Research and knowing when to seek medical advice:
Currently we are on Medicaid and I've been having foot problems for the last 6 months. Did a lot of research and tried a bunch of things but they didn't match my symptoms and I didn't get relief (although I'm happy to say I didn't make things worse). I finally was able to see my primary care guy who immediately prescribed two different types of drugs because he wasn't sure what the problem was either - I tried one medication but refused the other after reading the side effects. Since the problem continued, I was sent to a physical therapy office and saw four different PTs over six visits. Each had a different idea of what might be the problem and a different set of exercises for me to follow - they did not coordinate care. Don't know if it was because I didn't have standard (i.e. "non-poverty") insurance or just the way this office operated. Podiatrists aren't covered in our state by Medicaid so I paid a sports injury chiropractor who immediately diagnosed the issue as "pronation syndrome" which was something I'd not come across in my research on foot pain. It was worth spending $99 to get help with understanding the problem since I can now do further research - everyone else was trying to tell me I had plantar fasciitis, which was not matched by my symptoms.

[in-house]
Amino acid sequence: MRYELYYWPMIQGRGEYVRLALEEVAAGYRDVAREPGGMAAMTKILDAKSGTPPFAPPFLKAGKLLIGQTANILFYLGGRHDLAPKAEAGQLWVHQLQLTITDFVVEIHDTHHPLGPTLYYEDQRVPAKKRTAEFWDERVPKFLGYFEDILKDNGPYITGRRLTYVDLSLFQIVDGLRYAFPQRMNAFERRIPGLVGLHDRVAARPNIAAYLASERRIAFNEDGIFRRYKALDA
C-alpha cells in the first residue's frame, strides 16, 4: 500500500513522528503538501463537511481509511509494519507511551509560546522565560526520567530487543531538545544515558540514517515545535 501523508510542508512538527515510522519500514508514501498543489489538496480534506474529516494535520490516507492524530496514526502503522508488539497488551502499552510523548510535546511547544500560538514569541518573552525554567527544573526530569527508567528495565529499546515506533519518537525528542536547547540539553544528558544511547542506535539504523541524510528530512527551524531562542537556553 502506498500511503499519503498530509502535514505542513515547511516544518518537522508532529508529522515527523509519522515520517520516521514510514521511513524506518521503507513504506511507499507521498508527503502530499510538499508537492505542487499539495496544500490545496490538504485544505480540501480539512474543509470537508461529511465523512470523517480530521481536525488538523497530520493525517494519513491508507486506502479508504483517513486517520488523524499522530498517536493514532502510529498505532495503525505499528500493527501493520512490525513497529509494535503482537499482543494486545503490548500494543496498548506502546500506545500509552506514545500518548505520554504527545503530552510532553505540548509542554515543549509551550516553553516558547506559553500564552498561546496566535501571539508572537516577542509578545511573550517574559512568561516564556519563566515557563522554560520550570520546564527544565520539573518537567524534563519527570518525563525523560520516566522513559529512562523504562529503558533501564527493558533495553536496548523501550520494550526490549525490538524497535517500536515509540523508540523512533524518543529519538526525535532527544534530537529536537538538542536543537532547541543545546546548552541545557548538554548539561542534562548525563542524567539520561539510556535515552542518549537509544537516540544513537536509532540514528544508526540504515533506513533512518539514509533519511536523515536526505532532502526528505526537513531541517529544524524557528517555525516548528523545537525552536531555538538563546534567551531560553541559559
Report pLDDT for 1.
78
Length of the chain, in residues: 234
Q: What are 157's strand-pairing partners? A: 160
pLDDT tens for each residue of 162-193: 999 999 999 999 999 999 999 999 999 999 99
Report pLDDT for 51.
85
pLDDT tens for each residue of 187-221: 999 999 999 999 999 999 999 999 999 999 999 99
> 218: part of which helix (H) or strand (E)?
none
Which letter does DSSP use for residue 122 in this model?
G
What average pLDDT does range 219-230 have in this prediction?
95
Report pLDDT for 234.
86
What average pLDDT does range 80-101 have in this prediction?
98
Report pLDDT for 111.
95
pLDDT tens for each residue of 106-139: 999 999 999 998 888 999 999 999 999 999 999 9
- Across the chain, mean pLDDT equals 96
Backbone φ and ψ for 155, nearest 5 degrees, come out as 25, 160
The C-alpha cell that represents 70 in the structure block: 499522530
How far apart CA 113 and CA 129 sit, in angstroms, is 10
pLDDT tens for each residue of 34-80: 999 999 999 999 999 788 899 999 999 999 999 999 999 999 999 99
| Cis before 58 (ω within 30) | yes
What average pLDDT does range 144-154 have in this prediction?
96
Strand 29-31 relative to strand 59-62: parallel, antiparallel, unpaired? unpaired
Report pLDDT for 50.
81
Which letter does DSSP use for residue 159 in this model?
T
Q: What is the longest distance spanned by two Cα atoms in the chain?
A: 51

Other times when we paid for medical emergency care: My hubby broke his wrist and went to the ER - we didn't have the $200 they charged and they let us pay off over time. Our daughter tripped and split her chin and we also ended up paying over time to another ER for the stitches. That was when ER visits were cheap - if that happened these days and we weren't insured, we'd go to Urgent Care. Note: Supposedly hospitals cannot refuse to treat you if you have life threatening symptoms regardless of insurance - I think it helps to have a persistent, squeaky wheel type person with you if they are reluctant to take you in.
So, bottom line, do what's right for your body as much as possible, be your own advocate (or find someone who will advocate for you) and educate yourself about what is going on rather than turning it all over to the "experts," regardless of whether you have insurance or not. It is a real chore sometimes to spend time on doing so rather than recreating, but it does pay dividends in my opinion.